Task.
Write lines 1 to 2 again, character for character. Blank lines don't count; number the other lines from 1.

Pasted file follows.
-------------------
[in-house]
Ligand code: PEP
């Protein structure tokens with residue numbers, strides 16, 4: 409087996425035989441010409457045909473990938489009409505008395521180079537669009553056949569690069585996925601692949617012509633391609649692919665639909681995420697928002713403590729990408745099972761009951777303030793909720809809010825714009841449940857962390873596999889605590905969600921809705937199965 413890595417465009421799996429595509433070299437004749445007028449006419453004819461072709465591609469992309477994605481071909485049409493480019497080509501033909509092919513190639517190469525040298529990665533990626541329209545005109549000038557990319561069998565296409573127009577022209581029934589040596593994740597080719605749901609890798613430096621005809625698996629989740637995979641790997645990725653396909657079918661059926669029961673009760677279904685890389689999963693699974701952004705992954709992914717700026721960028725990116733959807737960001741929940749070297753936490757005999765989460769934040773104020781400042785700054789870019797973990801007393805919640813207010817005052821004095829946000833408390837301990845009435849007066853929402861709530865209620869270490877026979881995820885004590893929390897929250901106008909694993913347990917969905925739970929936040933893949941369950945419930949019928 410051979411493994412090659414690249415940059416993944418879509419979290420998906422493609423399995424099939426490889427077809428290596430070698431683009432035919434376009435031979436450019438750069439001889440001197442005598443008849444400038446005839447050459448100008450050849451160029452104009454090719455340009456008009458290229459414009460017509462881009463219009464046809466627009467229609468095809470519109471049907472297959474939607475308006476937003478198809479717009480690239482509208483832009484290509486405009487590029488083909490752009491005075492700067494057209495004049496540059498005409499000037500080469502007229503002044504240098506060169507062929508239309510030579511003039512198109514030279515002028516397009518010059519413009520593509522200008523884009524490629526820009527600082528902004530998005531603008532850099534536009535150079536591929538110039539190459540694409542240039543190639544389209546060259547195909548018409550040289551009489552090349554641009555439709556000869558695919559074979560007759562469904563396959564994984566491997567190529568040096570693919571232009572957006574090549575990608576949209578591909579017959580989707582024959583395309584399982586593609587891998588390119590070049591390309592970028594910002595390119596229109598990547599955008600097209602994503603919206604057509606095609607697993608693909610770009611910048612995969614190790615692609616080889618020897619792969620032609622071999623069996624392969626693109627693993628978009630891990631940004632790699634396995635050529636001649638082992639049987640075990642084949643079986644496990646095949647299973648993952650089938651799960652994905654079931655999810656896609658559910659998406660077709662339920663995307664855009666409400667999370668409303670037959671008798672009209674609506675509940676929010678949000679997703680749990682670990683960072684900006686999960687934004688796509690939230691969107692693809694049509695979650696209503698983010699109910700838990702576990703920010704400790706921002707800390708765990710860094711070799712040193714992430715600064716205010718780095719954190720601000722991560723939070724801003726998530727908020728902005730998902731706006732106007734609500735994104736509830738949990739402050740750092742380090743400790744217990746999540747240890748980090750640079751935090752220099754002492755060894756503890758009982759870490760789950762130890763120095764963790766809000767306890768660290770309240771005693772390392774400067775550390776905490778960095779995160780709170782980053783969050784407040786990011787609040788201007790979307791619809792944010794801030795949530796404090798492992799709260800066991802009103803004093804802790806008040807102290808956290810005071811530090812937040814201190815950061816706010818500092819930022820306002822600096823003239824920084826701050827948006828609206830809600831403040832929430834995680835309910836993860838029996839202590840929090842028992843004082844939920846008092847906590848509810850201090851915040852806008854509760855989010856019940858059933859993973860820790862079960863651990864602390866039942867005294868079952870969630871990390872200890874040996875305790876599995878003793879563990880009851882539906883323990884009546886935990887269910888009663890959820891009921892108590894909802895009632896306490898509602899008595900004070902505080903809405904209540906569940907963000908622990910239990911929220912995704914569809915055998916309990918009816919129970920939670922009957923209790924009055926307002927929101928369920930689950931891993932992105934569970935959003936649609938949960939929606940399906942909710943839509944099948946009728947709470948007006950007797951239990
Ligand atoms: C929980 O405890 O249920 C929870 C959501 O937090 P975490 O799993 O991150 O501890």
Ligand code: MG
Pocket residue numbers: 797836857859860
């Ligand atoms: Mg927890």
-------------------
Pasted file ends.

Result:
[in-house]
Ligand code: PEP